Debating creationists and ID supporters will always be difficult in a democracy since science is—and must be—exceedingly undemocratic in important ways. In particular, science and free speech do not go together. Perhaps no human institution puts more stringent controls on discourse than the sciences—imagine if you had to have your political ideas peer reviewed before you could publish them. This unfreedom is not a defect. It is the absolute precondition of progress. Without it, reliable information could never emerge from the babble of ignorant voices. The trouble is, in a country that subscribes to the absurd idea that everybody has a right to their own opinion, letting on that a science classroom is no place for free speech is a hard sell indeed.

I have to say, I’m not quite sure how quoting people is somehow a cheap shot. Nobody is challenging the validity of the comments or their source. How is repeating someone’s words a low blow? You’d think they should be happy about it - if they believe their words are correct, having them repeated should cause no insult.

I doubt anyone reading this truly thinks this is anything but the worst of the worst that’s out there, and not truly representative of ID or creationists (however much I may disagree with them). Someone repeating a silly quote by some coach or lineman isn’t taken as a cheap shot against all football players. Why should it here?

Jim Harrison wrote

The trouble is, in a country that subscribes to the absurd idea that everybody has a right to their own opinion, letting on that a science classroom is no place for free speech is a hard sell indeed.

I have no particular problem with the principle that everybody has a right to their own opinion. As far as I’m concerned, anyone can believe whatever damfool thing they wish. What I object to is the (usually implicit) further notion that therefore any person’s opinion is as good as anyone else’s opinion, and even further, that the worth of an opinion is measured by the number of unqualified and ignorant people that hold it. That’s the fundamental proposition that leads to the kind of corruption of science that one sees in the Ohio “Critical Analysis” model lesson plan that defines a “theory” in science as “A supposition.”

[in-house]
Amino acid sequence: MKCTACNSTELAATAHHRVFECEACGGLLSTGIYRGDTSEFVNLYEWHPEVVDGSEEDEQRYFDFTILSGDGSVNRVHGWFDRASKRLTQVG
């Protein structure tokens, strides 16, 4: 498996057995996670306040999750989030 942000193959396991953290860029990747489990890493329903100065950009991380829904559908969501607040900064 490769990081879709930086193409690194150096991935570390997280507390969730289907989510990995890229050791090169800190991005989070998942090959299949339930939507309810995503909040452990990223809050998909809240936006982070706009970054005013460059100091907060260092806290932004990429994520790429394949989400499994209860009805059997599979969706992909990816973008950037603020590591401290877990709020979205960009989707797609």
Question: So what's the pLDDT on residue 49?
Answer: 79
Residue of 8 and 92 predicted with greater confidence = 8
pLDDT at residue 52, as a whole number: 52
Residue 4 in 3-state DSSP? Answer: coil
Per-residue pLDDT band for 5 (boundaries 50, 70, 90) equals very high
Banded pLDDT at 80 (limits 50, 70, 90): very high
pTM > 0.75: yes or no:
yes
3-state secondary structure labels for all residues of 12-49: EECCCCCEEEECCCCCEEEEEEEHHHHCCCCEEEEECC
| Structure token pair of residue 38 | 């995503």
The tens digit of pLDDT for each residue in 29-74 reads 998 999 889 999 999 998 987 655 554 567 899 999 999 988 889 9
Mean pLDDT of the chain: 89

RBH

Charlie: It is a common tactic of many “evolutionists” to make their adversaries look like morons, but I think if you read the likes of Michael Behe, Philip Johnson, Bill Dembski, and a host of other creationist writers you will find that, while you may not agree with their conclusions, their writings are well thought out, coherent and well supported.

I find Charlie’s comments hard to take seriously without some supporting evidence. How common is this ? And are evolutionists responsible for creationists sounding like morons? In addition, I do not agree with the statement that the work by Behe, Dembski and Johnson is coherent and well supported. In fact Johnson’s writings are all but (as Lamoureux has shown). Dembski’s work is becoming less and less coherent and lacks in much supporting evidence.

Another thought on this issue:

Every group is going to have its fringe element. How that group deals with its fringe element is an important thing, however. It seems that statements such as the above, even if the views are not universally shared among creationists, are rarely disavowed. This leads to the impression that they are implicitly endorsed.

A good example to the contrary is the recent Bush/Hitler controversy on MoveOn.org. Those ads were out of line, and were pulled as soon as they were discovered. How many of the above statements, or others (I love the Fundie link) such as the “Marriage started falling apart when we ditched arranged marriage” lunacy are removed from the sites or otherwise sanctioned?

Without any sort of denunciation of this fringe element, it doesn’t look quite so fringe.

Here is a classic for you:

“Will the Japanese pearl diver get a hole in the back of her head because it will better adapt her to her environment? That is the argument of evolution. Whales jumped back into the sea and decided to get a hole because the ones that did had better survival over the ones that would have to breath through the mouth.”

Creationists often seem unaware of elementary homologies; some creationists seem to think that according to evolution, birds’ wings sprouted from nowhere. Their true origin I will leave as an exercise for the reader.

Likewise, cetaceans’ blowholes are nostrils – they are moved back on the head from their typical position.

Some creationists also go to great lengths to deny clear homologies, like the human coccyx with most other vertebrates’ tail bones.

As to that Japanese pearl diver example, if some population made successful pearl diving a major criterion for reproducing, we’d eventually see pearl divers with more myoglobin in their muscles for oxygen storage, more subcutaneous fat (human blubber), and other adaptations to diving – it’s a matter of how fast the appropriate mutations can happen.